Domestic Terrorism and Mass Attack Threat Assessments for Texas

The Texas Department of Public Safety (DPS) has released reports assessing domestic terrorism and mass attack threats as they relate to the state of Texas. While there is overlap between domestic terrorism and mass attacks, it is important to note that not all mass attacks are considered acts of domestic terrorism. The “Texas Domestic Terrorism Threat Assessment” defines domestic terrorism as “the furtherance of political or social goals by U.S.-based individuals or groups through acts or threats of force or violence, and in violation of criminal law.” Under this definition, there are three types of domestic terrorism: racially motivated, anti-government, and single issue. Though each of these has affected Texas, White Racially Motivated (WRM) attacks are “currently the most violently active domestic terrorism type.”

This photo shows part of a rife can be seen in dramatic lighting. Individual bullets are placed near the trigger.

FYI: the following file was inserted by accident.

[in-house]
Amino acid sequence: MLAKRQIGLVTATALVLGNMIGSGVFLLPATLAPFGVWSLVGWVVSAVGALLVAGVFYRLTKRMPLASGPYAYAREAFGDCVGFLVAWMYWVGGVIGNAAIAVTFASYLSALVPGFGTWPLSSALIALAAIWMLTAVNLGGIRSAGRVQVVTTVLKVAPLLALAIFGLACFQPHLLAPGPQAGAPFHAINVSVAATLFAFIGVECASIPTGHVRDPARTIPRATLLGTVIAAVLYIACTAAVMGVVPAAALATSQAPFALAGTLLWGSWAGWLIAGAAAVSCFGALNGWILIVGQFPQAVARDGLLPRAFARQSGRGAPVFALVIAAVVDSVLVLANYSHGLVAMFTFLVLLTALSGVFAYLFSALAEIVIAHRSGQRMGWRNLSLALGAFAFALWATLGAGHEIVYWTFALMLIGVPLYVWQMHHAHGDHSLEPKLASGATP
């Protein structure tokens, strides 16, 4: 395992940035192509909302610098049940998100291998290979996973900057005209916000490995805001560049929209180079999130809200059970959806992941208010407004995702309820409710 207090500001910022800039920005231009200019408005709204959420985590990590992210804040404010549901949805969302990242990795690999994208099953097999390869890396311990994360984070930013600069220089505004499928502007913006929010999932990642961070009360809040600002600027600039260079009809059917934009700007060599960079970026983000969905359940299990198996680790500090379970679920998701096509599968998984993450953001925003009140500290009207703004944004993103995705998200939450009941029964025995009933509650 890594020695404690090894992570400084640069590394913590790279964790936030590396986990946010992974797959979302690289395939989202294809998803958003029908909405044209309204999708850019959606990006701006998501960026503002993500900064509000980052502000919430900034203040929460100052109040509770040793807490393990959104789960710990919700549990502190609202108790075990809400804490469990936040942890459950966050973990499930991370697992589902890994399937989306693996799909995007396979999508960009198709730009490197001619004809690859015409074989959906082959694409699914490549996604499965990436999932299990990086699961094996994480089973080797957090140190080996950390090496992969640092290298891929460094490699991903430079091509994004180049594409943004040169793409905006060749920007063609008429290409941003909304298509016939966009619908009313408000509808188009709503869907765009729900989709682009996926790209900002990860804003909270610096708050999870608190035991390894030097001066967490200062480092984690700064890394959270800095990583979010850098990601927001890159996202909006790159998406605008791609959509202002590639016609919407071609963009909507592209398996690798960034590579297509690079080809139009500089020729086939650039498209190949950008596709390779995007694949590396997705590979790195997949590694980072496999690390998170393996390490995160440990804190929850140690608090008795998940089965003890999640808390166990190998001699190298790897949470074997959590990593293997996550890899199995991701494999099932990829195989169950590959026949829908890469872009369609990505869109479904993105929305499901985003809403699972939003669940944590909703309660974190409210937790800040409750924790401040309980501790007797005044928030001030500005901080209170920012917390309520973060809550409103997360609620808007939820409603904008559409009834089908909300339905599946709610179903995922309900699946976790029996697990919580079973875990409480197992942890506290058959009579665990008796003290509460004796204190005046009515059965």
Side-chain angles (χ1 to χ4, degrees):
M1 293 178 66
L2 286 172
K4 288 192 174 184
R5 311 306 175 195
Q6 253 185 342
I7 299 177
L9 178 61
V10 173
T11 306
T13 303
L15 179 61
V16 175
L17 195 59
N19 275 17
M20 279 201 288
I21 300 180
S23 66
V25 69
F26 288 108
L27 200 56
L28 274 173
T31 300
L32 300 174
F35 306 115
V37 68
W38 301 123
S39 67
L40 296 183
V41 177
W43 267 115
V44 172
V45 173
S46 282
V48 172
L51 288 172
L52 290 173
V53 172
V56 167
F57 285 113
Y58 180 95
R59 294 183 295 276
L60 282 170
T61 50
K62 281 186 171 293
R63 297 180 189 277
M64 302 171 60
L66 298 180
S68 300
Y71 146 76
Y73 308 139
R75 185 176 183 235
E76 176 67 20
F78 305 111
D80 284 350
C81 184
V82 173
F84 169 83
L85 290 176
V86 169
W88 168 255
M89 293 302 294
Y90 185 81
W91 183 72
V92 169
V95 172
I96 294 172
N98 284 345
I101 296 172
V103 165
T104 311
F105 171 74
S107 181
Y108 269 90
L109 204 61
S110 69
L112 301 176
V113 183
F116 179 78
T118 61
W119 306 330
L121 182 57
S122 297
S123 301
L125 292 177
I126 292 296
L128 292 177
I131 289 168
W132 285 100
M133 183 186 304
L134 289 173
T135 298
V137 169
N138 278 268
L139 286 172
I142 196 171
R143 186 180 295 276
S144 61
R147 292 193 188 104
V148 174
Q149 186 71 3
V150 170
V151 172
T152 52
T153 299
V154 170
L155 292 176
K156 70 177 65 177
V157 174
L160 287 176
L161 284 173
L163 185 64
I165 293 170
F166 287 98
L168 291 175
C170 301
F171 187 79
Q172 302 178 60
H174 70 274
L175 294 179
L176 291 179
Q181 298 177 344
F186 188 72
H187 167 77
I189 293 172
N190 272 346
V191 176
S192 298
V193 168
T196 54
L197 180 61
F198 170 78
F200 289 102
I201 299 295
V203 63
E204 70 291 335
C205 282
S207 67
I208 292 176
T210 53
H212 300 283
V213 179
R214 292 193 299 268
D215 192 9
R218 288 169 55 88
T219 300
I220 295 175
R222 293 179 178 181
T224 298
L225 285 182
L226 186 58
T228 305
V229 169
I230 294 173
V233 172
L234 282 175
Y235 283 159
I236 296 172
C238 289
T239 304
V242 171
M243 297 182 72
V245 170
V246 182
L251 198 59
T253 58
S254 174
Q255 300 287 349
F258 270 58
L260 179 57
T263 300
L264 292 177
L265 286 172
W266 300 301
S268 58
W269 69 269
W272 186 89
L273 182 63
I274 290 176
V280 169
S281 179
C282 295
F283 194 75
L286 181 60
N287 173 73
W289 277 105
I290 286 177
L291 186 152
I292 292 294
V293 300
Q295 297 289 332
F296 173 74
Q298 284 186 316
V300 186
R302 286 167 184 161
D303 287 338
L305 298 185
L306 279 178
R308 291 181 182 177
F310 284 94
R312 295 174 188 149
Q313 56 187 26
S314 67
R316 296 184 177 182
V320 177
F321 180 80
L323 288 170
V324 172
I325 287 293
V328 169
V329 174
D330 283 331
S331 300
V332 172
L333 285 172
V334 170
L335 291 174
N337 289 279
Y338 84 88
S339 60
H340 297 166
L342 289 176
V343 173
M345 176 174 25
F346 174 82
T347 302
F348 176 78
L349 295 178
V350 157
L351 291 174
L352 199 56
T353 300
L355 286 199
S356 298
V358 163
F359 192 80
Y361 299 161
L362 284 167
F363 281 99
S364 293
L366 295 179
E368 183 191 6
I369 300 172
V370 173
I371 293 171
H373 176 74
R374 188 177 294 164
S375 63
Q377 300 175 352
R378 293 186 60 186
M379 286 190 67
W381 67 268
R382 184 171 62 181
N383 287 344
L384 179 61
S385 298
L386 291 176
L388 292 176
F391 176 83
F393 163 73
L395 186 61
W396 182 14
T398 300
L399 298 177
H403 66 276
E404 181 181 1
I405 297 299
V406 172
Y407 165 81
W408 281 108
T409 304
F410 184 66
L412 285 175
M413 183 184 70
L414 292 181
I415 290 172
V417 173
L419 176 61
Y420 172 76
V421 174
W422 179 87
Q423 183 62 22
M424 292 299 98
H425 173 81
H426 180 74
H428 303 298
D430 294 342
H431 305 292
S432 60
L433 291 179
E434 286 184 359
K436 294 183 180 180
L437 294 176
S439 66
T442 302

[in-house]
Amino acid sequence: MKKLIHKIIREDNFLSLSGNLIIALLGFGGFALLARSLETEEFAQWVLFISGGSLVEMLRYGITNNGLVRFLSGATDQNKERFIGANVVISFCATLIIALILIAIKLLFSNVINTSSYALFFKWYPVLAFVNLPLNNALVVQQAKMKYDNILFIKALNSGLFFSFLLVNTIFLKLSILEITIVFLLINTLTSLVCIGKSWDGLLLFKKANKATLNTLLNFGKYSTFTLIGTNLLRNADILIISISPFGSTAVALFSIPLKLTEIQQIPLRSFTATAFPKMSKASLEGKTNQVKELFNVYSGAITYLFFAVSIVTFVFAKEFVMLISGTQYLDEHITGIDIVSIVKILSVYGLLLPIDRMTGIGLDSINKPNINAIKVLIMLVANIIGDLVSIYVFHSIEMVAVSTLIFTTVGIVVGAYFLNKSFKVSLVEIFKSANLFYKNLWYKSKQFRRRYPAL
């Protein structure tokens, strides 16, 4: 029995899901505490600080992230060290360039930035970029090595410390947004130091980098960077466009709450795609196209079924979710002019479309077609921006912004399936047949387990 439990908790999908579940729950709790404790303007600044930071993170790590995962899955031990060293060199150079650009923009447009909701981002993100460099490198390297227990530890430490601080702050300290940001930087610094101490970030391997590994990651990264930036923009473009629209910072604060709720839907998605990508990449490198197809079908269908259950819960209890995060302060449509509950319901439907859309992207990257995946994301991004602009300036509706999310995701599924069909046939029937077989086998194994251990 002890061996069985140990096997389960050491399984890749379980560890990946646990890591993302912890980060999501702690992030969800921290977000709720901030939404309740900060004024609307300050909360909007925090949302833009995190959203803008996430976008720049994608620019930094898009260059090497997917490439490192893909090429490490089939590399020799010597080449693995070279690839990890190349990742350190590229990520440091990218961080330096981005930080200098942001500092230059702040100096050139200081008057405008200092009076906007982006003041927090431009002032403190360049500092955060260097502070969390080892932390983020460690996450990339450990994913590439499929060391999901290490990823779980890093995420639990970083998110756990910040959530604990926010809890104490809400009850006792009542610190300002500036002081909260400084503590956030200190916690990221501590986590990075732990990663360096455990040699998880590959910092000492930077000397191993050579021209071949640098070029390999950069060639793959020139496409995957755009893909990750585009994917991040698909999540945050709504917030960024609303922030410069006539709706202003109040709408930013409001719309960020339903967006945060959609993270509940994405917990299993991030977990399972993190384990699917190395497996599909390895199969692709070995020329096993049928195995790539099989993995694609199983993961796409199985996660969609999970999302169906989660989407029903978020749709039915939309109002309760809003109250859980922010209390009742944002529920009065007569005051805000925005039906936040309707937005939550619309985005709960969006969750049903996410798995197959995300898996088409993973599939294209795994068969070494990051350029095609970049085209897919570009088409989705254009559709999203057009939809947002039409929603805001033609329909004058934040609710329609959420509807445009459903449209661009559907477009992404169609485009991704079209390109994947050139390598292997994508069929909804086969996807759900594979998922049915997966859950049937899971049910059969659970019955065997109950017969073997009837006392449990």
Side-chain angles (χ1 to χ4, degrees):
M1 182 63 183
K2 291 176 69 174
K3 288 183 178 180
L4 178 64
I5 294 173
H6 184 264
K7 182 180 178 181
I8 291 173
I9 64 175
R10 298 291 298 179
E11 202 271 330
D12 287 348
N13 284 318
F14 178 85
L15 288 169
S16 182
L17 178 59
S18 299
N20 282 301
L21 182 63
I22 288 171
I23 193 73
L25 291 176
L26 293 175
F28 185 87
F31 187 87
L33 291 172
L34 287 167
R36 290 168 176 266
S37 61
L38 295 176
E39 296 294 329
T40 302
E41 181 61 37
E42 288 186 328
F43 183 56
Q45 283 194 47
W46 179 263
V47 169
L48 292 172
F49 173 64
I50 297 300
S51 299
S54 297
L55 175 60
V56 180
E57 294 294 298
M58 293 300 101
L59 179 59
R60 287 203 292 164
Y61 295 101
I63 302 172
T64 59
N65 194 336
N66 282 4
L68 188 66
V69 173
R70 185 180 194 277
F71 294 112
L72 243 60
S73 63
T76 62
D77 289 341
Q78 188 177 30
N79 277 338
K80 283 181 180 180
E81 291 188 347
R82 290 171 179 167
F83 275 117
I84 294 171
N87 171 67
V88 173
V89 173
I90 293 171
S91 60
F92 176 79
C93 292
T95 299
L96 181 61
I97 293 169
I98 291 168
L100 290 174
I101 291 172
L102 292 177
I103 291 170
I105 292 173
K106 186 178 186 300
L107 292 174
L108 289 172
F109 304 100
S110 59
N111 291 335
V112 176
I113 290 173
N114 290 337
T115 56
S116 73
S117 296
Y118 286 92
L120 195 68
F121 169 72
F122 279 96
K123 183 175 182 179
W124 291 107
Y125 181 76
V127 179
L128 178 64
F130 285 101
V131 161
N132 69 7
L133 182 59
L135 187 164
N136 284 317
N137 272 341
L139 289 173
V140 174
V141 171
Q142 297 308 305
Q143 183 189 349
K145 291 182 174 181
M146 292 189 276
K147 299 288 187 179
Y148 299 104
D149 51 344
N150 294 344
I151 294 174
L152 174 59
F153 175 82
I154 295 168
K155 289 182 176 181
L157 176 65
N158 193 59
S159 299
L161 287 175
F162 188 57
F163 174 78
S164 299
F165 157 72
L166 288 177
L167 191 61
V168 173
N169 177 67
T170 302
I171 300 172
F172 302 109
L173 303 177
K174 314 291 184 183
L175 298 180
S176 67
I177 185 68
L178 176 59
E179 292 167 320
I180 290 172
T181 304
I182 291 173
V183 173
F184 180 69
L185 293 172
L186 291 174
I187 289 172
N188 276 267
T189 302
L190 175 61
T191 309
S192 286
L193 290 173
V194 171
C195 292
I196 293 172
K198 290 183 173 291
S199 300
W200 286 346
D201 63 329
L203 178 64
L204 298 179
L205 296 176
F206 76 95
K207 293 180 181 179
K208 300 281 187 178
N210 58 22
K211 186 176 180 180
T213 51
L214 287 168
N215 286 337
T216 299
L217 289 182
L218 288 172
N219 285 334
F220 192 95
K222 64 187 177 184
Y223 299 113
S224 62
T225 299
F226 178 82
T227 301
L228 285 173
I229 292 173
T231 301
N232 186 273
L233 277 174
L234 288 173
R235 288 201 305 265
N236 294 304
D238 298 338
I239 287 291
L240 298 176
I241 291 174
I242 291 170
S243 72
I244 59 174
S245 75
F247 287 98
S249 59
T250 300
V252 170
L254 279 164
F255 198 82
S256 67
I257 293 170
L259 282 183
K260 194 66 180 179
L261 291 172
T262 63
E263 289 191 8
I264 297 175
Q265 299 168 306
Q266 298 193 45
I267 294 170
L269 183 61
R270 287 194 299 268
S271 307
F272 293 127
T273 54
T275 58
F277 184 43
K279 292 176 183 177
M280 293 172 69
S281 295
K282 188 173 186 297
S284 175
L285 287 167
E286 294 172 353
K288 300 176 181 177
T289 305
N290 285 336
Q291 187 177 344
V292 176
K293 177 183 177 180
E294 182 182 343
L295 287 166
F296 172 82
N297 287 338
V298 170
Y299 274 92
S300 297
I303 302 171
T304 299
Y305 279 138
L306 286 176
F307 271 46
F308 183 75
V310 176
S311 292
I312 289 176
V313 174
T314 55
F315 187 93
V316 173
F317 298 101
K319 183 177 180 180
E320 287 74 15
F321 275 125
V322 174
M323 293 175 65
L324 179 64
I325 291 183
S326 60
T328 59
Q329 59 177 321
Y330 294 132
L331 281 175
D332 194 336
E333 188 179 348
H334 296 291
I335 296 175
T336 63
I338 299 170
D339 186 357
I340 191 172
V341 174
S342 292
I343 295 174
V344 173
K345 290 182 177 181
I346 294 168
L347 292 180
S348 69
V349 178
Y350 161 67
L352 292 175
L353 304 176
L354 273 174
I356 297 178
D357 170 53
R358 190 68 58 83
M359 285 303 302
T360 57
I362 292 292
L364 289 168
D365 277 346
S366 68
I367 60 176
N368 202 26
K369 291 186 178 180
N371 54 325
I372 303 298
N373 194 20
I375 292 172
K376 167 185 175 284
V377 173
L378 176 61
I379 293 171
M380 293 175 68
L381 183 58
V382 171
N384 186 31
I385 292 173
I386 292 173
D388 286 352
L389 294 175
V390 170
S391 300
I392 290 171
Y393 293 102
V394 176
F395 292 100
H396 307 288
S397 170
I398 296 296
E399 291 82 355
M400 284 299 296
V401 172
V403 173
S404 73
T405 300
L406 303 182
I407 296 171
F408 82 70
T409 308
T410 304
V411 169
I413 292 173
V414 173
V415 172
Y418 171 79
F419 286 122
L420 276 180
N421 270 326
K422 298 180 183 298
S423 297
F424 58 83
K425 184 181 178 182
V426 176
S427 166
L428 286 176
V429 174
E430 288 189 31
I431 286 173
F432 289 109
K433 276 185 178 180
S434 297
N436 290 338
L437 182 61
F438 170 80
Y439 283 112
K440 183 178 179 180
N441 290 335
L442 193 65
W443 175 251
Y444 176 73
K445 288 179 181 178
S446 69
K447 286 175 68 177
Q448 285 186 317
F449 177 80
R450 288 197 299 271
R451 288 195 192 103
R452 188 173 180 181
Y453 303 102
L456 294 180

According to “Assessing the Mass Attacks Threat to Texas,”  firearms are the primary weapon of choice for Domestic Terrorists, as well as Homegrown Violent Extremists and Non-Ideologically Motivated Violent Criminals, when perpetrating a mass attack. While the methods used for these mass attacks are similar, there are still many factors that make combating these activities very challenging. The main issues involve mass attackers being diverse in terms of motivation and influencing factors, as well as technological advancements that allow for vast, hard to trace communication. In conjunction with the release of these reports, the Texas DPS Director Steven McCraw released the following statement, as reported by Front Porch Rockwall,-

“Evaluating our state’s public safety vulnerabilities in today’s threat environment is critical to keeping Texas safe from the most unthinkable tragedies.”

For more information on the topics addressed, visit the HSDL Featured Topics on Domestic (U.S.) TerrorismSuicide Bombers, and Lone Wolf Terrorism. Please note that an HSDL login is required to view some of these resources.

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Author: Victoria Vanderzielfultz

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